Monthly Archives: May 2016

Making vulnerable OpenSSL scanning target

OpenSSL vulnerabilities appear regularly. Sometimes it is difficult to find out whether your vulnerability scanner can effectively detect specific vulnerability.

In fact, the only way to find this out is to scan a vulnerable host. Without this knowledge, it is dangerous to start a huge network scanning. You never know, the scanner did not find a vulnerability, because the infrastructure is safe or it wasn’t able to do it.

Let’s make the simplest stand: CentOS host with Apache and a self-signed OpenSSL certificate.

Vulnerable OpenSSL stand

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PHDays VI: The Standoff

A week ago I was at PHDays (Positive Hack Days) 2016 conference. For those who don’t know, there are two main events for security practitioners in Russia: PHDays in May and ZeroNights in November. Day-Night. Like this play on words. =)


So, it was my 6th PHDays. I visited them all. But on this one for a first time I was as an ordinary visitor and not from organizers side. To be honest, I have never participated in organizing of PHDays, and just seen the final result. So, nothing changed much for me. As usual, organization was at very high level. And it’s not just my opinion, but the opinion of many participants.

Sad things first. And they are likely sad only for me. You know my passion to vulnerability assessment/management systems and scanners. So, despite the fact that Positive Technologies are the organizers of this event and Maxpatrol is still their’s flagman product, it was hard to hear anything related to vulnerability assessment/risk assessment/threat intelligence on PHDays. Isn’t it strange? Could you imagine this at Qualys QSC or Tenable event? Nothing much about critical controls and IT compliance in general.

It’s clear that vulnerability assessment is not already in trends in Russia. All are crazy about SIEM and slightly less about Anti-APT and SCADA security. Sad, but true.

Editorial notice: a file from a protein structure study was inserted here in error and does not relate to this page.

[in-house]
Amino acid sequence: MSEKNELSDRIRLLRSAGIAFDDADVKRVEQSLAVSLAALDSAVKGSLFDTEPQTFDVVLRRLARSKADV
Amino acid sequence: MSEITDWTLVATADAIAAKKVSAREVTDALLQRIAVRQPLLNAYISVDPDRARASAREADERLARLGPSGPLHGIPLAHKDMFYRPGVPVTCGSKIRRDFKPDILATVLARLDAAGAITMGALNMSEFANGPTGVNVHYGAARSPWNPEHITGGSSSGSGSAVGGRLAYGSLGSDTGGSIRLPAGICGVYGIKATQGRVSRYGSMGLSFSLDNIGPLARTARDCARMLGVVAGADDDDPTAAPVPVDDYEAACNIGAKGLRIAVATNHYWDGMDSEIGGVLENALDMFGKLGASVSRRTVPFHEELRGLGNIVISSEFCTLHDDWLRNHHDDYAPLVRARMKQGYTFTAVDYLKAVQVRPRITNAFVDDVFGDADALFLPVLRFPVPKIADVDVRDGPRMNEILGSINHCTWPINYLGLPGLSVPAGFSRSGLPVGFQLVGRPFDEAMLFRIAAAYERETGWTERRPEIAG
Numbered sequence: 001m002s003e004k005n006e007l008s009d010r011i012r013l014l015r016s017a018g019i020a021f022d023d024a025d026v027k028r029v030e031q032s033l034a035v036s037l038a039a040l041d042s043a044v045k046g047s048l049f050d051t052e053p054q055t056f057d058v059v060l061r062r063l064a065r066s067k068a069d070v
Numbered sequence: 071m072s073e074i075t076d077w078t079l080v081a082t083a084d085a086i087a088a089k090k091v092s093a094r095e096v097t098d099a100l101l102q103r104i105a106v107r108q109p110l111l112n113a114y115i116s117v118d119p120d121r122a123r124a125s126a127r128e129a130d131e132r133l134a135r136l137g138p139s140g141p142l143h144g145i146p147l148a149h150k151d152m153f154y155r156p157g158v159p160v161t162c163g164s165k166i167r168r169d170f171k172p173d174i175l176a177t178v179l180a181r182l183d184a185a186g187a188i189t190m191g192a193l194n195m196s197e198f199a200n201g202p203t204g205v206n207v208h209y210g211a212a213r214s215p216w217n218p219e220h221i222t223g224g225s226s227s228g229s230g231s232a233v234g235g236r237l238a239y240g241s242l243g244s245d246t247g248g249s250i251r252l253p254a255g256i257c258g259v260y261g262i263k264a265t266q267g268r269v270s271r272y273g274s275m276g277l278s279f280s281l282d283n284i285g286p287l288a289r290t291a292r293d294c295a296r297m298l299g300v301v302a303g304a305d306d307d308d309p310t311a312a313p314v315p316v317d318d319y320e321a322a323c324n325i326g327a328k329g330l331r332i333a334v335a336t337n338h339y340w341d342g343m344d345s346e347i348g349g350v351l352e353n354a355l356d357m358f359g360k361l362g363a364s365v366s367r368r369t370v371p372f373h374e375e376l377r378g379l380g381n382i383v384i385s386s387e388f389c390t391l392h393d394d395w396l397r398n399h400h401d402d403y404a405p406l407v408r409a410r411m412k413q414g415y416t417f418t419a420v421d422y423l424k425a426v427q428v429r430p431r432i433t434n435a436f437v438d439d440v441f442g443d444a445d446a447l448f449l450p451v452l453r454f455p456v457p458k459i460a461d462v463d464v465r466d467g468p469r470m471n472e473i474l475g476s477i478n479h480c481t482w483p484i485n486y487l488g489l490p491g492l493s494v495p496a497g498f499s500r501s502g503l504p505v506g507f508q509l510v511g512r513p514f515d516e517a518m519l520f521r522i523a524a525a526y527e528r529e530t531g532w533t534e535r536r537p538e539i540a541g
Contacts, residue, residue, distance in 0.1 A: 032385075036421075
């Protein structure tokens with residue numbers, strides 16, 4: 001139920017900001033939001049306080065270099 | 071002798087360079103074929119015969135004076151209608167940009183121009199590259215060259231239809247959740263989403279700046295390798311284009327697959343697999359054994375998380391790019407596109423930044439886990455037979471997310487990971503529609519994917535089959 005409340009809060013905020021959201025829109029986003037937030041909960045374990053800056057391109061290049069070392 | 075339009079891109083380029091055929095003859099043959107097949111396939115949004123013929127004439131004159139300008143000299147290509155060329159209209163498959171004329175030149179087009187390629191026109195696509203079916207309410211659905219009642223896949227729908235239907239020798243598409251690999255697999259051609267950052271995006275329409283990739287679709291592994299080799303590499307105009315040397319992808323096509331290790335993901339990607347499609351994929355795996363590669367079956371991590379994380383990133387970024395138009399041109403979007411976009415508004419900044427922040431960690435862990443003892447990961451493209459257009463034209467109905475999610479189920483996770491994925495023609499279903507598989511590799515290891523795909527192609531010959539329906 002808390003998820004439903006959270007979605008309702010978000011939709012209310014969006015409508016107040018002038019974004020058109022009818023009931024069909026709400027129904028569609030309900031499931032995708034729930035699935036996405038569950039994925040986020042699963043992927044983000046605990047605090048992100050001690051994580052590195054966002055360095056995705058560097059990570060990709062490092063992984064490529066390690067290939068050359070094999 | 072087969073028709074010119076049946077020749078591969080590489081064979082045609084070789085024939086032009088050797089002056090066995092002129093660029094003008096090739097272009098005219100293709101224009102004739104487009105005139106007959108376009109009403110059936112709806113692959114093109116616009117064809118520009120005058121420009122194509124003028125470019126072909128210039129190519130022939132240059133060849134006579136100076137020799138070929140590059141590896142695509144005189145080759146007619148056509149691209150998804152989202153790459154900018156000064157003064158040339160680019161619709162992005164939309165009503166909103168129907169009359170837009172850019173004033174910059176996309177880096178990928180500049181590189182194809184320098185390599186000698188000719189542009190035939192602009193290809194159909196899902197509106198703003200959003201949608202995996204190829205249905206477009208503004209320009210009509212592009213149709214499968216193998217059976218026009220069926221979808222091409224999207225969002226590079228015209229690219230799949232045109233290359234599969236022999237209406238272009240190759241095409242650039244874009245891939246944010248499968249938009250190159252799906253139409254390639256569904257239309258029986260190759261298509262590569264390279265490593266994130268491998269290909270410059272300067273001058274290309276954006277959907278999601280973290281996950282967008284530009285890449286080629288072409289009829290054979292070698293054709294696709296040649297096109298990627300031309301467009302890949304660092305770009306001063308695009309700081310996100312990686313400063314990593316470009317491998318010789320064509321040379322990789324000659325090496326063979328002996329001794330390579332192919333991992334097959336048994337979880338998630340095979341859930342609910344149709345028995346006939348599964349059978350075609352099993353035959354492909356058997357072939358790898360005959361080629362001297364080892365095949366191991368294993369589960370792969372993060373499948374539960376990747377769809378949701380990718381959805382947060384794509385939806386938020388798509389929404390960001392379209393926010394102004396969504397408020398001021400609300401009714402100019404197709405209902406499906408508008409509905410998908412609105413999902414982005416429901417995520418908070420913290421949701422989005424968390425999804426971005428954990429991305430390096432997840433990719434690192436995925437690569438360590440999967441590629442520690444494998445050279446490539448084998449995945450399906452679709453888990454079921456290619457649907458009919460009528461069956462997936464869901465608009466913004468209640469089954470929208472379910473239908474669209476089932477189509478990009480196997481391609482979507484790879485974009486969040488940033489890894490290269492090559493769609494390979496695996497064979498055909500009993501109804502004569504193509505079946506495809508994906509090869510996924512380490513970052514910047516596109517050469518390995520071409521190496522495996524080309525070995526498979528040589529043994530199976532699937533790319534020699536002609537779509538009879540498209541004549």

Anyway, I have seen many interesting presentations about honeypots, computer forensics, machine learning and security startups. I also visited a SIEM roundtable with representatives of Positive Technologies, First Russian SIEM (RuSIEM), ArcSight, IBM Qradar, Splunk, and Cisco Systems. More details under the cut.

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SteelCloud ConfigOS

Sometimes LinkiedIn shows me an interesting advertising. For example, today I watched a  recorded demo of SteelCloud ConfigOS. It is a proprietary tool that performs automated DISA STIGs compliance checking for RHEL or Windows  and provides automated remediation.

Well, as it works automatically, it  won’t make custom SELinux configuration for you, for example. In the other hand, this software is for the US military and related organizations, where everything should be highly standardized.

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Tenable Nessus: registration, installation, scanning and reporting

It’s a bit strange that I wrote in this blog about some relatively exotic vulnerability management solutions and not about the one I use every day. It is, of course, Nessus. The legend of vulnerability scanners. It would be fair to say that Nessus has become a synonym for vulnerability scan itself as Xerox for photocopy. First version of Nessus was developed by Renaud Deraison in 1998 as a free and open-source product. In October 2005 the license was changed to proprietary. The last version of GPL source codes became the base for the great open source vulnerability scanner – OpenVAS (btw, see my post “openvas_commander for OpenVAS installation and management”).

Nessus Vulnerability Scan Results

I am glad that Tenable still keeps Nessus mostly in UNIX-way. Nessus is a vulnerability scanner and makes one thing good – finds vulnerabilities on network hosts. If you need dashboards, advanced user management, advanced reporting capabilities, etc. use Tenable Security Center that works above the Tenable separate products: Nessus, Passive Vulnerability Scanner (PVS) and Log Correlation Engine (LCE).

nessus download page

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Vulnerability Management in APAC

Tenable Network Security published Forrester report on Vulnerability Management in APAC (China: 25%, Singapore: 25%, Japan: 25%, ANZ: 25%). Everything is pretty bad. The majority of the respondents scan their systems periodically (annually). Key challenges: the difficulty of remediation and prioritization. It seems that 30% respondents don’t even have automatically updatable Security Content in their VM solution.
Forrester Vulnerability Management in APAC